By Brandon Moseley
Alabama Political Reporter
On Thursday, July 2, Alabama Attorney General Luther Strange (R)and Governor Robert Bentley (R) announced that BP has agreed to pay the State of Alabama $1 billion in economic damages and approximately $1 billion in natural resource damages and Federal penalty monies to resolve the State’s claims arising from the 2010 Gulf oil spill.
Attorney General Strange said in a statement, “As part of an $18.5 billion global settlement announced today, BP has agreed to pay the State of Alabama $1 billion in economic damages from the April 2010 Gulf oil spill. This is a major victory for the people of Alabama who will benefit for years to come.”
Governor Bentley said, “The BP/ Deepwater Horizon oil spill was the worst environmental disaster in United States history, and the impact to the Alabama Gulf Coast was detrimental.”
Gov. Bentley continued. “We have reached an agreement in principle with BP to compensate the State for all of the environmental and economic damages suffered as a result of the oil spill. With the agreement announced today, we are taking a significant step forward in our State and will become a stronger, safer and more resilient state as a result of this terrible disaster.”
AG Strange said, “Five years ago when I took over the State’s case against BP, I promised to make the State of Alabama whole and to do so without spending a penny on outside counsel. Today, I am pleased to announce that both goals have been accomplished. This is a remarkable achievement for our State and a tremendous legacy for the future.”
The $1 billion economic settlement funds will be deposited in the State’s General Fund over the next 18 years, which is an estimated $55.6 million a year. However, the precise allocation of the payments to the General Fund have yet to be determined at a future date.
The State is also supposed to be receiving approximately $1 billion in settlement monies for natural resource damages and Federal penalties over the course of the next 15 years. What exactly that is earmarked for and what that can or cannot be spent on is unclear at this moment, as well as to when those payments begin. Finally the State is to receive $300 million in Federal penalties also earmarked for gulf coast restoration projects.
AG Strange praised his team, led by Special Deputy Attorney General Corey Maze.
In January 2011, General Strange was appointed by the court to serve as Coordinating Counsel for the Gulf States in this historic litigation. In March, Strange announced that Alabama had been chosen to be the first State to receive a jury trial against BP for economic damages. That trial was slated to begin in the spring of 2016.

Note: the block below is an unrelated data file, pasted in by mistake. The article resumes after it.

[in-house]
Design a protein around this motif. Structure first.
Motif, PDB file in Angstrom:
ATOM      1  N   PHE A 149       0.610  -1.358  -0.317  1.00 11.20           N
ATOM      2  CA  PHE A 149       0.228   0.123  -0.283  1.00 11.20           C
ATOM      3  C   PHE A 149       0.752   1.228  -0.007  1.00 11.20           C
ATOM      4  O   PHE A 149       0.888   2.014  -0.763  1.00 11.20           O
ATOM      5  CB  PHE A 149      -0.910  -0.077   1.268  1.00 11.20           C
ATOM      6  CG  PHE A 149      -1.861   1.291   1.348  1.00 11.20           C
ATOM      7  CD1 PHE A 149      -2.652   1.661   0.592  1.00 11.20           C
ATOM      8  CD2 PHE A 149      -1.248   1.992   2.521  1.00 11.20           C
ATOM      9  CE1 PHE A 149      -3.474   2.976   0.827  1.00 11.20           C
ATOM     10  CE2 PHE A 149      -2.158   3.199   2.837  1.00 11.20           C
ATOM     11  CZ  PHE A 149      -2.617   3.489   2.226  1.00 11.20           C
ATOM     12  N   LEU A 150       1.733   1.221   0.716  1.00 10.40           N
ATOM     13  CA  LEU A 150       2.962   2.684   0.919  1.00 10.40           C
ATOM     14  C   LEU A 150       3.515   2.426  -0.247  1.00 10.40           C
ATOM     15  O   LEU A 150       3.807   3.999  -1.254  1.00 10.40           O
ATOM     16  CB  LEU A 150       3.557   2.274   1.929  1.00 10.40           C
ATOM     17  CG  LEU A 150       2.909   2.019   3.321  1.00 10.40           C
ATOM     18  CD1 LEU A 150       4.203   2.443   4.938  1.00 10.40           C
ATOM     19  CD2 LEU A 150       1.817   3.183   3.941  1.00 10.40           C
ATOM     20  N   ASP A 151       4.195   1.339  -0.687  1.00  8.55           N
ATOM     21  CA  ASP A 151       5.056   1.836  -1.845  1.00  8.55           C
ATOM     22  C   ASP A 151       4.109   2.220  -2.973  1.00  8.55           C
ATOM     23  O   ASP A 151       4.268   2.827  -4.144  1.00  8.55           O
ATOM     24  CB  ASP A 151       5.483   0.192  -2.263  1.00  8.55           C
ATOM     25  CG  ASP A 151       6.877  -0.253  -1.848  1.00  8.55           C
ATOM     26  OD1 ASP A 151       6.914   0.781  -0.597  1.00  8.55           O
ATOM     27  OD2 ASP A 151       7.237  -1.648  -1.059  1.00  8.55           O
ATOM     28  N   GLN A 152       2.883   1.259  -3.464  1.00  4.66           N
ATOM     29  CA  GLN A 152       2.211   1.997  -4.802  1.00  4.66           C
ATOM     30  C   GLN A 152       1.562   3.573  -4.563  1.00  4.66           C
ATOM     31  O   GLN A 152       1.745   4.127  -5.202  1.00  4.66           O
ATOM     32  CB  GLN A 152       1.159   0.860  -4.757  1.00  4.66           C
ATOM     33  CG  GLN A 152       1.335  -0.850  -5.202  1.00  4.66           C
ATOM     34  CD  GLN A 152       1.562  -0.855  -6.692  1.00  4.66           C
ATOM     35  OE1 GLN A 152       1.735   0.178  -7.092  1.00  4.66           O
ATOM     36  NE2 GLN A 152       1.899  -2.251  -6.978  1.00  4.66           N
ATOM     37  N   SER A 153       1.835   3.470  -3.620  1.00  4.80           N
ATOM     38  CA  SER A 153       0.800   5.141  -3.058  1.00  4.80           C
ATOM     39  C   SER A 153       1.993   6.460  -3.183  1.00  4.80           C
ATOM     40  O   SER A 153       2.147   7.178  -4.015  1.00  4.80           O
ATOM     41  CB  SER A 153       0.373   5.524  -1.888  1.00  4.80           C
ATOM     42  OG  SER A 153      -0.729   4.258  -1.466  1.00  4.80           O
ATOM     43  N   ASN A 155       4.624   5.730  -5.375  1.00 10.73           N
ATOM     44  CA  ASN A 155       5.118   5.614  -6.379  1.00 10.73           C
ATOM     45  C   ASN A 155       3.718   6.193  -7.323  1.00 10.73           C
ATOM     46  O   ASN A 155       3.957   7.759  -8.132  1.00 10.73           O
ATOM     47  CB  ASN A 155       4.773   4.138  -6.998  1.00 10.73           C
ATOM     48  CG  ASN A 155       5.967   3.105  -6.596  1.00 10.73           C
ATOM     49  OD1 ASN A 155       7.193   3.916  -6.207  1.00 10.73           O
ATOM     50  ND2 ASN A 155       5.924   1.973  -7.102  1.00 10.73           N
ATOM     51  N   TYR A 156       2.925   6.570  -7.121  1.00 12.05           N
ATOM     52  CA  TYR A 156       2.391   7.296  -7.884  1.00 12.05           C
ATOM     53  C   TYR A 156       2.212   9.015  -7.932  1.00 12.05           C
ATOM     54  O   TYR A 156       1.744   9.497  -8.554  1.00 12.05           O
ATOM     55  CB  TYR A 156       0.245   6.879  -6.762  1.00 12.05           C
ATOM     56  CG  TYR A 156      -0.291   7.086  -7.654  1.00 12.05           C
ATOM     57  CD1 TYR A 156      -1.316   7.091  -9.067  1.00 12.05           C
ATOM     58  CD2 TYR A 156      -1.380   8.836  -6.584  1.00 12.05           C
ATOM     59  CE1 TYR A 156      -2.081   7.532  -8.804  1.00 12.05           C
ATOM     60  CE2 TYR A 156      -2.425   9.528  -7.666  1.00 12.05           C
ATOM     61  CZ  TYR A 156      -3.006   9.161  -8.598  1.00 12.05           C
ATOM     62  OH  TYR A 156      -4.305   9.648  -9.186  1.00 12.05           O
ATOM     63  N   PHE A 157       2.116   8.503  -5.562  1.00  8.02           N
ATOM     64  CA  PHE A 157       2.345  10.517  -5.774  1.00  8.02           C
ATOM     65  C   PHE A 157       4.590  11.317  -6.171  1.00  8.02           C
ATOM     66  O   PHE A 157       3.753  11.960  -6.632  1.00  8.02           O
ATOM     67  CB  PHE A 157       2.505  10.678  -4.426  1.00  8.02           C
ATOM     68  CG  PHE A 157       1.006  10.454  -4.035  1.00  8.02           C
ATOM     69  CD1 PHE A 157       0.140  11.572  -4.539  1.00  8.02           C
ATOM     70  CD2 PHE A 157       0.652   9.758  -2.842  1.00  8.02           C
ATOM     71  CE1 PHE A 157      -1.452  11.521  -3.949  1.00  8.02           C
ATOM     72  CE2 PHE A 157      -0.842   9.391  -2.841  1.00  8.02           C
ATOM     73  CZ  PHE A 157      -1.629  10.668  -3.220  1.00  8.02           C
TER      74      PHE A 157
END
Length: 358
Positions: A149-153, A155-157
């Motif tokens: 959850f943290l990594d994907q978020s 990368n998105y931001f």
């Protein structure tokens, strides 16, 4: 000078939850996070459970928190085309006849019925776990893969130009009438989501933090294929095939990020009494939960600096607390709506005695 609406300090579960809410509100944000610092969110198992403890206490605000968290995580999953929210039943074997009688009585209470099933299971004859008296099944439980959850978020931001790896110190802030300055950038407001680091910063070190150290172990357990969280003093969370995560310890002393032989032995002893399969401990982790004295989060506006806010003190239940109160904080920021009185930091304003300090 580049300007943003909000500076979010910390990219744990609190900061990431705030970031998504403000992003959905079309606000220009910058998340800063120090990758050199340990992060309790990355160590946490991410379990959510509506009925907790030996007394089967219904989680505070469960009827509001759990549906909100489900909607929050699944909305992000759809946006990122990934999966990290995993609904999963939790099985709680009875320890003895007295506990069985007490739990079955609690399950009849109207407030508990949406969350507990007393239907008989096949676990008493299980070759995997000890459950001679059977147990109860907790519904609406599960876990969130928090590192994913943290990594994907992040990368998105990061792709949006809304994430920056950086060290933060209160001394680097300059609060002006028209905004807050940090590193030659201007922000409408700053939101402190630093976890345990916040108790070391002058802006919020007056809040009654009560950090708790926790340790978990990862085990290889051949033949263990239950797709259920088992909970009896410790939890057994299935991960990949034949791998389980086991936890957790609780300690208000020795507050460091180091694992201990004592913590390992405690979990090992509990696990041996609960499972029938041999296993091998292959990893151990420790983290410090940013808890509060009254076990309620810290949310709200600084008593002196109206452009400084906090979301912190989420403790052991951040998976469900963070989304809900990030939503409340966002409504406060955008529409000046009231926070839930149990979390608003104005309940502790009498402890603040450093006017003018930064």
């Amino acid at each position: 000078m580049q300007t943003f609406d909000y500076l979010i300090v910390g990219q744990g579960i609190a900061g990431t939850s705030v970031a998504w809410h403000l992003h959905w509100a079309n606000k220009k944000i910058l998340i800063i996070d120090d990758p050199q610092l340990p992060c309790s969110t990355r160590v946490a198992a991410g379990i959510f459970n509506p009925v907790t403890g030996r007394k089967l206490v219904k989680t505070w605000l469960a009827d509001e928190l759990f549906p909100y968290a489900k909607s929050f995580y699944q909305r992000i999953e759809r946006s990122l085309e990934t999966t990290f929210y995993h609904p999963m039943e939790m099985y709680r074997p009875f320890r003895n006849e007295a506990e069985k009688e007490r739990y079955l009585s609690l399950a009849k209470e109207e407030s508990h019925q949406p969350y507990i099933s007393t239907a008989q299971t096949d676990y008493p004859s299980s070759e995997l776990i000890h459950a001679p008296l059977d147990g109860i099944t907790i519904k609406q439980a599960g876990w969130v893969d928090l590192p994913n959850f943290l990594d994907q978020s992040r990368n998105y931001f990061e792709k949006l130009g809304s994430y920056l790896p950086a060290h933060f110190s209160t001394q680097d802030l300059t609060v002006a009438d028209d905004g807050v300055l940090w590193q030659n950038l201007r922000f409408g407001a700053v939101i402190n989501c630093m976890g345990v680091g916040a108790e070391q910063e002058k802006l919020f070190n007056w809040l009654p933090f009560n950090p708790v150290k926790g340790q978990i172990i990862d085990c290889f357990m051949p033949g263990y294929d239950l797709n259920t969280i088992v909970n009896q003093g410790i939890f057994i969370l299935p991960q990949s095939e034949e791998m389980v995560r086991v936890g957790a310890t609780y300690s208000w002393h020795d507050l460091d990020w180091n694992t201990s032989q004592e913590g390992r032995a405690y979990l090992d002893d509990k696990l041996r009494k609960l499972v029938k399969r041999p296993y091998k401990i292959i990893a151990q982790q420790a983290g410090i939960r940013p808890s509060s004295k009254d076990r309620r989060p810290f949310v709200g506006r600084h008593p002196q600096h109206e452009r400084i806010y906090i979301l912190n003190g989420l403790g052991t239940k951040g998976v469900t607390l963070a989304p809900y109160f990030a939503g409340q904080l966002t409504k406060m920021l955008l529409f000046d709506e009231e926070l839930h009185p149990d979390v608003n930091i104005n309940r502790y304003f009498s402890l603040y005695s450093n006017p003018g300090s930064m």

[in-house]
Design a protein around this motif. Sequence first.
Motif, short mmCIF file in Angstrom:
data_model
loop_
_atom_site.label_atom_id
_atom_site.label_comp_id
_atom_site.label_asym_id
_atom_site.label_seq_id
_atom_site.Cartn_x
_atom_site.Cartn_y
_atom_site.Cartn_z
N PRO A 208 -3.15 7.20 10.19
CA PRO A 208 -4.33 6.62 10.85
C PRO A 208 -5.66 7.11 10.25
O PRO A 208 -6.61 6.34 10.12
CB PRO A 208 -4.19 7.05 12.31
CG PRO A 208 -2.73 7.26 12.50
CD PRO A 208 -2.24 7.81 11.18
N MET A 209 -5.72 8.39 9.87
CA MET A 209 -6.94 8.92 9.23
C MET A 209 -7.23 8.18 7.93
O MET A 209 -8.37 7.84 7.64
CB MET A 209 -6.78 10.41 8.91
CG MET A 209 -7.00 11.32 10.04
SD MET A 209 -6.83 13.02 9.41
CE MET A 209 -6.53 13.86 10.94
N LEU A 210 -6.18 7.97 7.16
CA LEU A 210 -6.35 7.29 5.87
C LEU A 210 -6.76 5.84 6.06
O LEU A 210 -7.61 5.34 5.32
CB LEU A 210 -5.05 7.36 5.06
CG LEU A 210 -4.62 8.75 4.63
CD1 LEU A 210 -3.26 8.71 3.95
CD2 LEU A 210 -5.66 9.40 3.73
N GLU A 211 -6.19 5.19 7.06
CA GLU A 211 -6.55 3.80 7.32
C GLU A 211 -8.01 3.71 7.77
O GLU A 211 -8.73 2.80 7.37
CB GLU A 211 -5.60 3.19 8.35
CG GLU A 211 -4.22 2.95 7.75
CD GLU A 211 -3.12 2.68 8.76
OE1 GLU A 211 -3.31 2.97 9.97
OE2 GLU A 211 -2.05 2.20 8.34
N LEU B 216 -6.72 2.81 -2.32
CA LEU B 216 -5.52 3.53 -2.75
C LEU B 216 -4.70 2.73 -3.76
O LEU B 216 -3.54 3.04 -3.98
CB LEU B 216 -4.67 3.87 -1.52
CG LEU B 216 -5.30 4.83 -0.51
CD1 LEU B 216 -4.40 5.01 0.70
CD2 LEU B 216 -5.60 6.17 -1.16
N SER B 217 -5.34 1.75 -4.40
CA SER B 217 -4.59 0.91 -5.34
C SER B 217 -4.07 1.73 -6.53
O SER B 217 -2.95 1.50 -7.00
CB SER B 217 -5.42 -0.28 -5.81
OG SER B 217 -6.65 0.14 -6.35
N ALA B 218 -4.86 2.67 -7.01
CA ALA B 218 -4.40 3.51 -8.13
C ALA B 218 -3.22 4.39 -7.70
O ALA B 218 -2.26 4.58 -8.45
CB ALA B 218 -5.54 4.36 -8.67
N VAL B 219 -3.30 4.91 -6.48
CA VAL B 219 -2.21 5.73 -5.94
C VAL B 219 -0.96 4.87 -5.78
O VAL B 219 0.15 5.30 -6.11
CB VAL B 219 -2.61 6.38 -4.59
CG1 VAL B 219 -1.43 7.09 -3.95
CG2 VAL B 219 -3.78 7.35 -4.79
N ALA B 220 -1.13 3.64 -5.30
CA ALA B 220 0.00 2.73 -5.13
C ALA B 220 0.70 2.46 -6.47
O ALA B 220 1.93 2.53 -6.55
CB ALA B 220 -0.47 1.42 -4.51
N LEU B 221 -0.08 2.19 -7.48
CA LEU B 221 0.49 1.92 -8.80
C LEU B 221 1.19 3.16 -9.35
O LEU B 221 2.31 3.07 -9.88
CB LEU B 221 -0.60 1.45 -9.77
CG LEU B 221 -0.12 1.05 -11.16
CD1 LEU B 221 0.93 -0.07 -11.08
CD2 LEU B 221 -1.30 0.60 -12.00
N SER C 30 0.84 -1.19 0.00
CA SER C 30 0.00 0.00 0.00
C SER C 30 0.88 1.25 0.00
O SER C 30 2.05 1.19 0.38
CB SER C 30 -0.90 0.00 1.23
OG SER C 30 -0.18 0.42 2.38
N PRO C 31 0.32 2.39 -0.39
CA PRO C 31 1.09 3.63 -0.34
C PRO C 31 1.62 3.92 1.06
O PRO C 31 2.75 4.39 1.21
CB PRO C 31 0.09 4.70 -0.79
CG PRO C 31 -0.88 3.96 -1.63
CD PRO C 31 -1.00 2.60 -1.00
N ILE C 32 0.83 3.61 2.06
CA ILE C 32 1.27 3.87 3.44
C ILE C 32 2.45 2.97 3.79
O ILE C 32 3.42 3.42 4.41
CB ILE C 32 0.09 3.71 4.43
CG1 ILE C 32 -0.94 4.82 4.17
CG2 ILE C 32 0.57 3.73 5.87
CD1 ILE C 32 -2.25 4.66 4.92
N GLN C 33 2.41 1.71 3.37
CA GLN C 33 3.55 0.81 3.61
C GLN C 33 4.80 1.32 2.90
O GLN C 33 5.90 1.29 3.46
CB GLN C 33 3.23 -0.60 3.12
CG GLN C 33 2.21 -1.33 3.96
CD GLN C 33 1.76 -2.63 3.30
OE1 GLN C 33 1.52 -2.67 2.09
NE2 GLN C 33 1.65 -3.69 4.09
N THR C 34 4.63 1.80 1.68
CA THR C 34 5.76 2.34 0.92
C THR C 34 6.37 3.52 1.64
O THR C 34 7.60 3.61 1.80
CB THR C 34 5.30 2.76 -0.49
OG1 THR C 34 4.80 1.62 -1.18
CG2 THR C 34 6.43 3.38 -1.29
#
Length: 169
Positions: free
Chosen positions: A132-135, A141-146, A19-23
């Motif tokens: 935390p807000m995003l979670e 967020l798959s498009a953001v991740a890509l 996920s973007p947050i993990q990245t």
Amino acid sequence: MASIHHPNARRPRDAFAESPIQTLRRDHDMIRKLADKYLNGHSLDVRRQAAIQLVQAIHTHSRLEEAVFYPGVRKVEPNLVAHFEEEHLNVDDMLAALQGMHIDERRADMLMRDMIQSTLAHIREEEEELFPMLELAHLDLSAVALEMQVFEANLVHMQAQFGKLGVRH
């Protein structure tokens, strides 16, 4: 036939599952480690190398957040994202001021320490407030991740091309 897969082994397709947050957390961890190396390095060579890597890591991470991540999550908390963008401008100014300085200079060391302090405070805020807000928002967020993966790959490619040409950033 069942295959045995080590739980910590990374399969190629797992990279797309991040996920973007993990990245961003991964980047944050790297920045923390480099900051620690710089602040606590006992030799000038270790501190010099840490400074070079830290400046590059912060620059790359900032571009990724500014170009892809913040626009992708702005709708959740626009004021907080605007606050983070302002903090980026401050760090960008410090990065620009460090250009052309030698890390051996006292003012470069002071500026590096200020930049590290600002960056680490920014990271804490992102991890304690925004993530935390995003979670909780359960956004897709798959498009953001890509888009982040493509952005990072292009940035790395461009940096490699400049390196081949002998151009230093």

On April 20, 2010 the deepwater oil rig, “Deepwater Horizon” exploded about 100 miles off of Alabama’s coast, killing 11 people and causing oil to flow into the Gulf of Mexico. Over almost three months, 3.19 million barrels of oil flowed into the Gulf. Alabama and the other Gulf States experienced significant environmental and economic damages as that oil washed ashore destroying fisheries and wrecking gulf tourist economies at the peak of their busiest season.
The total value of the Agreement in Principle is approximately $18.5 Billion for all of the affected Gulf states economic losses, the natural resource damages and BP’s Clean Water Act penalties.
AG Strange said, “From the first day that Governor Bentley and I took office, we’ve worked together to secure justice for Alabama in the wake of the tragic BP oil spill. That teamwork has led us to today’s record settlement and a positive legacy for the future.”
Department of Conservation and Natural Resources Commissioner Gunter Guy said, “It is important to commend BP, our Federal partners and the other Gulf Coast states for their efforts to get this agreement accomplished. We look forward to working with Alabama’s coastal communities to identify, develop and implement appropriate projects to restore our resources and the services they provide.”
The agreement announced today is only related to the State of Alabama’s claims against BP and it does not affect the claims of other people or companies.
Presumably the $55.6 million in new General Fund revenues will be used to close the existing $198 million shortfall in the General Fund Budget. That still leaves a paper deficit of $142.4 million for the 2016 fiscal year that must be plugged by revenue increases, moving money over from the Education Trust Fund (ETF), or by budget cuts.
Another estimated $20 to $30 million of that whole has already been addressed by allowing agencies to raise fees on government services. Presumably some of that $1.3 billion for gulf coast restoration can be spent on improving the dunes around Gulf State Park so it is possible that Governor Bentley can build his Gulf Coast Conference Center now without the proposed $50 million bond issue that he asked for at the end of the last session, but was denied in the Alabama Senate.
A Special Session is still tentatively scheduled for August 17 to address the General Fund budget.